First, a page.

Some doctors, nutritionists and dietitians are calling for an increase in dietary fiber intake to help restore diversity in the gut, which is generally lacking in Western diets.
Katherine Harmon Courage, the author of “Cultured: How Ancient Foods Can Feed Our Microbiome,” spoke at the AJC Decatur Book Festival on Aug. 31 about feeding the microbiome.
“One thing that changed in my diet after doing all this research [on the microbiome] was paying more attention to my fiber intake. I would add more fiber into whatever I was eating, whether it was putting beans on a salad or drinking sweetened hot cocoa in the morning,” said Courage.
“It is recommended that soluble fiber and complex carbohydrates are consumed to feed the multitudes of beneficial bacteria living in our guts. These compounds are plentiful in many plants—including grains, as well as seeds, legumes, and fruits and vegetables,” wrote Courage in the book.
Why It’s Newsworthy: The microbiome is considered a supporting organ because it plays key roles in promoting diversity in the gut. One of the most powerful ways we can influence our microbes is through diet, and more specifically, fiber.
America’s Dietary Fiber Intake
Several drivers, such as consumer attitudes, increased incomes and food affordability, have lead to an increase in intake of meat, fat, processed foods, sugar and salt, wrote John Kearney in the journal Philosophical Transactions of the Royal Society B: Biological Sciences. Consequently, this has impacted health and biodiversity.
Carolina Cawthon, a fifth-year foods and nutrition doctoral candidate in the College of Family and Consumer Sciences at the University of Georgia, spoke about fiber and its role in promoting gut health and diversity of good and bad microbes in the gut.
“Most healthy adults need to consume somewhere between 25-35 grams of fiber every day and roughly a quarter of that should be soluble fiber.” However, “the Western diet tends to lack fiber and plant-based foods that promote good gut diversity,” said Cawthon.
Grains, legumes, fruits and vegetables are easily accessible at grocery stores and farmers markets. For those who enjoy eating out, there are options at local restaurants as well.
Knowing which foods are fibrous is only half the battle. Traditionally, produce and other fibrous foods are more expensive than those with a longer shelf life, such as processed foods.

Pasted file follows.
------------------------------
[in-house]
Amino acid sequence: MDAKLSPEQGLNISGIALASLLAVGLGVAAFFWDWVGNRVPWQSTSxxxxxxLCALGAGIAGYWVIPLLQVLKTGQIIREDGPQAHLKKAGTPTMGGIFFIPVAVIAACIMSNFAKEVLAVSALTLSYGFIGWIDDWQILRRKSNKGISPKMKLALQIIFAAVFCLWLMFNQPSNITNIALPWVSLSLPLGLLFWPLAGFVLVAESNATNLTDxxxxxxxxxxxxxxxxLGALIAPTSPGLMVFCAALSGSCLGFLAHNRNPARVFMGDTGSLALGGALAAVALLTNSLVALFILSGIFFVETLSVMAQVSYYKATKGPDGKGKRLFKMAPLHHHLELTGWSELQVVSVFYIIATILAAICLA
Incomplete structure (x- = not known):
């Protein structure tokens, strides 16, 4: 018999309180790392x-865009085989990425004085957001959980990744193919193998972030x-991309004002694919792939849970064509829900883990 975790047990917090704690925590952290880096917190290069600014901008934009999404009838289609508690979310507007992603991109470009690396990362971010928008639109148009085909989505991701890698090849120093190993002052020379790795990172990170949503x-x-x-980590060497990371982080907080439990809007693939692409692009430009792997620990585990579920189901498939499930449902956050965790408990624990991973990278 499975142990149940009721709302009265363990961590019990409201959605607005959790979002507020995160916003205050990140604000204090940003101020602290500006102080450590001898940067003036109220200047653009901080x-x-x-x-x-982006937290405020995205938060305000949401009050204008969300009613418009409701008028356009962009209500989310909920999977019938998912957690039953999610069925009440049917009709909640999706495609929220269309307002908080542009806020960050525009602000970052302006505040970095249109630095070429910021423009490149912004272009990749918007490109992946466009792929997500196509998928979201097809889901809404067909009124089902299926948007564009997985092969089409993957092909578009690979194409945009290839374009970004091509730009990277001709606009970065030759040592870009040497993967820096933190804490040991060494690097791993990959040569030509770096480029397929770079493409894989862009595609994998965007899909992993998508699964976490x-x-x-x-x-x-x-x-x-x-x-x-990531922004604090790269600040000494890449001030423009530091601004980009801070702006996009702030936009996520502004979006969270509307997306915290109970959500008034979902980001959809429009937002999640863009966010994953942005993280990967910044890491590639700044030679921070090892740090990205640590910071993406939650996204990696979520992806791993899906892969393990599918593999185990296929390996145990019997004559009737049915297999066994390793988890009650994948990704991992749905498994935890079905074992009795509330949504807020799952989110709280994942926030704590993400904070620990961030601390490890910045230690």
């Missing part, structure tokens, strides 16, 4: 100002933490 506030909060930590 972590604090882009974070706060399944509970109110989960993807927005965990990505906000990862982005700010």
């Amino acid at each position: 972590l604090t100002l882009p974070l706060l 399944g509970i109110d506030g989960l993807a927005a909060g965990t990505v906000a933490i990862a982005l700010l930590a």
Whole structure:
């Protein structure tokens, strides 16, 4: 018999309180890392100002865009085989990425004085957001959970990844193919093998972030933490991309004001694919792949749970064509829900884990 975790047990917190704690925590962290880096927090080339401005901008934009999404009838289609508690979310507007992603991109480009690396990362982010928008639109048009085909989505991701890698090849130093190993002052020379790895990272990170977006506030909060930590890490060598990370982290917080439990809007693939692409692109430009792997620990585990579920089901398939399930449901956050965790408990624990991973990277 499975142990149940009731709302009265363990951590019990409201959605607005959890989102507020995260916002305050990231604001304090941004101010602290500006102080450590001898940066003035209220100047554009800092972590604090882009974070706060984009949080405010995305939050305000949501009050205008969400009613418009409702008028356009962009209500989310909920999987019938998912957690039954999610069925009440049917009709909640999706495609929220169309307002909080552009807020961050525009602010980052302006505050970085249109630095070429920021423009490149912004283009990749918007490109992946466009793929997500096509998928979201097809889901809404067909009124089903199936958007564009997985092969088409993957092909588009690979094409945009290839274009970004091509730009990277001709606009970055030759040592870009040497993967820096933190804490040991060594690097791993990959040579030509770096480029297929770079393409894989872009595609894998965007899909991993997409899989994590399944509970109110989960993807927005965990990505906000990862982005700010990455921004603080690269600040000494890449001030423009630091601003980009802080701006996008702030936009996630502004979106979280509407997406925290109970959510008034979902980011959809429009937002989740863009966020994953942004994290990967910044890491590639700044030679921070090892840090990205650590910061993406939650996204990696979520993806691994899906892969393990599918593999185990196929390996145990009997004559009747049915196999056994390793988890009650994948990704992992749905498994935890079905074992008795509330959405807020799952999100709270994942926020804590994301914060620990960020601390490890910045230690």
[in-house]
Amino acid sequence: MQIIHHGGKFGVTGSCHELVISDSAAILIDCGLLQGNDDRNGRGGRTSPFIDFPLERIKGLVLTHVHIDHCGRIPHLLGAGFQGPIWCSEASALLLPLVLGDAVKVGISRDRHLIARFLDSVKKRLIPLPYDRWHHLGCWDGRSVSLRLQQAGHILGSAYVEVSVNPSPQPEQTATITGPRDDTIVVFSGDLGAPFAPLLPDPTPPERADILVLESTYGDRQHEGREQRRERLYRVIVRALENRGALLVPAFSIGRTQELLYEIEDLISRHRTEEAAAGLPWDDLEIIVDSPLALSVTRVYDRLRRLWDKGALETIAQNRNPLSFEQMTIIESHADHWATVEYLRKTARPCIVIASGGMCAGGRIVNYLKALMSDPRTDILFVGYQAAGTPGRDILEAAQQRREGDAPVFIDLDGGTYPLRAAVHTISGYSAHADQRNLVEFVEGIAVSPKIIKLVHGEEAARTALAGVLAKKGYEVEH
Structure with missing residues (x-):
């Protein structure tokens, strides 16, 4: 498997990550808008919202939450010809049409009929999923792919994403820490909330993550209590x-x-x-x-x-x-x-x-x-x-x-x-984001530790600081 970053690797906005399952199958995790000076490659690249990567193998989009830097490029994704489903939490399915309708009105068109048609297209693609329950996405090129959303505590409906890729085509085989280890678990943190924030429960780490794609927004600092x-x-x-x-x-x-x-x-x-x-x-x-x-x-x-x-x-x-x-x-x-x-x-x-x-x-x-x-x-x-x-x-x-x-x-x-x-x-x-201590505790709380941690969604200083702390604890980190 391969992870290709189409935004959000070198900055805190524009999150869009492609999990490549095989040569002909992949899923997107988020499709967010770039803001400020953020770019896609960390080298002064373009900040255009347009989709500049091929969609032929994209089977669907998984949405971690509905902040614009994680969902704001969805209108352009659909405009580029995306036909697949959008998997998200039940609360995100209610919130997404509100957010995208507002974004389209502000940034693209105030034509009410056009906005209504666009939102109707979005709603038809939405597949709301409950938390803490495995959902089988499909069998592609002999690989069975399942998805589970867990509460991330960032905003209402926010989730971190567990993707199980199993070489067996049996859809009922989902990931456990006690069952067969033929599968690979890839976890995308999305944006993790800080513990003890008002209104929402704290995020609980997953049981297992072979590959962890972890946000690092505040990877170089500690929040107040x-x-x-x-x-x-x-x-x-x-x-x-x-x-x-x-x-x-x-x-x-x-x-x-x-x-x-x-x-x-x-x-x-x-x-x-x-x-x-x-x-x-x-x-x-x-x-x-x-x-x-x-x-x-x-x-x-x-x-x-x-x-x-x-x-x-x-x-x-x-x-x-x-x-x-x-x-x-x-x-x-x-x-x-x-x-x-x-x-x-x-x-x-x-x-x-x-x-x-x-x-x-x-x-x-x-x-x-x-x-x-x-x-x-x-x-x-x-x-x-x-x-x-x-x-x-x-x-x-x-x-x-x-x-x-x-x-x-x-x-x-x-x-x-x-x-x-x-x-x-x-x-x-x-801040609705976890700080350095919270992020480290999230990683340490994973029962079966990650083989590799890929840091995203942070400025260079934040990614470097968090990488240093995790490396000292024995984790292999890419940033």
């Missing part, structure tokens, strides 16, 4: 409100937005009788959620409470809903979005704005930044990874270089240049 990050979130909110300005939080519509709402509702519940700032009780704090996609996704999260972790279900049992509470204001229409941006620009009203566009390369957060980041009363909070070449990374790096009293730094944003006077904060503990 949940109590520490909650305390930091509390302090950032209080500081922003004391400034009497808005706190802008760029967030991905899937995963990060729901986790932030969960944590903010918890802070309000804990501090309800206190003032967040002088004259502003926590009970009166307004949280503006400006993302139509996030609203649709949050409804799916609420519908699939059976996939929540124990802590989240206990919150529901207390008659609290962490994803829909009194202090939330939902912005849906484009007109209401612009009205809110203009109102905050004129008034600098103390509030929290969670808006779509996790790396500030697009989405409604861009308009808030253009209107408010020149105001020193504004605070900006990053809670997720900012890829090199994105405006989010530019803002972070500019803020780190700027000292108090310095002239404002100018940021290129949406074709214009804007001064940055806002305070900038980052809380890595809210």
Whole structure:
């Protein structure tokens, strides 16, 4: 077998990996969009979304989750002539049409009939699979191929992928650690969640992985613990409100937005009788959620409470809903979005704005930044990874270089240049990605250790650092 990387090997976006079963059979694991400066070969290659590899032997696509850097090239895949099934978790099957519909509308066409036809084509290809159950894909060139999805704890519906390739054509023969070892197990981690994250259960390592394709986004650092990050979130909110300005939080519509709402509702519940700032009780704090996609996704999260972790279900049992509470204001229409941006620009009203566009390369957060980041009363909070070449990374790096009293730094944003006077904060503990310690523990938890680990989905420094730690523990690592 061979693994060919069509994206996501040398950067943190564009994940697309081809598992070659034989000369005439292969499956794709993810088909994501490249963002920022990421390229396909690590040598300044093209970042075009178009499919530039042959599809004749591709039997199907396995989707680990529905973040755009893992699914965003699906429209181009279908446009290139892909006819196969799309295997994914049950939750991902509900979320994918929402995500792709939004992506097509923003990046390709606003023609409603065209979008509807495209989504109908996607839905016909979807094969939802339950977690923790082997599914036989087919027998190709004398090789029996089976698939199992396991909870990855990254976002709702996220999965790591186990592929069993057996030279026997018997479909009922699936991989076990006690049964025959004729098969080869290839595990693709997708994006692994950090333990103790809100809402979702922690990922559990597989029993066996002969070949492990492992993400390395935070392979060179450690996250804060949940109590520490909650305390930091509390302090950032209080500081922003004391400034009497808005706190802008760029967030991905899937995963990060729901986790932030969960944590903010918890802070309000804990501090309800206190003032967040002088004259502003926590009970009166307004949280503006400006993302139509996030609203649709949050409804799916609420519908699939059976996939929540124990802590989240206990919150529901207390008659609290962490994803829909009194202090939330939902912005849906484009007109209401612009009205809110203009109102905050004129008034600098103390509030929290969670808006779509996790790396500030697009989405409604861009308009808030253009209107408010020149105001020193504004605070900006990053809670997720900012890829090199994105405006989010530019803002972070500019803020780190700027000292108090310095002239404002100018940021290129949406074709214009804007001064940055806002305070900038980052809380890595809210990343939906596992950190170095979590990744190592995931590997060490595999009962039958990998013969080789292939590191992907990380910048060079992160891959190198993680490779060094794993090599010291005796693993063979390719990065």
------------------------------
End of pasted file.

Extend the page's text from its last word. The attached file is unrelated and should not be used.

However, these fibrous foods can be accessed for less:
- Shop for produce that is in season, canned, frozen, or dried,
- Consider shopping for conventional produce as organic produce does not mean it is healthier or more nutritious,
- Some stores, like Aldi and Walmart, offer cheaper options for produce than stores like Kroger and Publix, and
- Food Stamp benefits are doubled at farmers markets in Georgia.
How Much Fiber Is Too Much?
Choosing a variety of fibrous foods will provide balance to most diets, but dietary fiber intake is also dependent on individual need.
“It is important to consult a doctor or dietician before making dramatic dietary changes,” said Cawthon.
Although a high-fiber diet has many health benefits, such as feeding bugs in the gut, regulating the digestive tract and assisting with weight management, consuming more of it does not necessarily mean better.
Eating too much fiber could lead to gastrointestinal distress, such as bloating, gas and constipation, a decrease in appetite and the inability to consume enough energy, according to Duke Student Health Nutrition Services.
If consuming more fiber is a dietary option, then follow the guideline start low, go slow, according to the International Foundation for Gastrointestinal Disorders, and know that balancing fiber intake may take time.
Emma Toland is a senior majoring in journalism in the Grady College of Journalism and Mass Communication at the University of Georgia.
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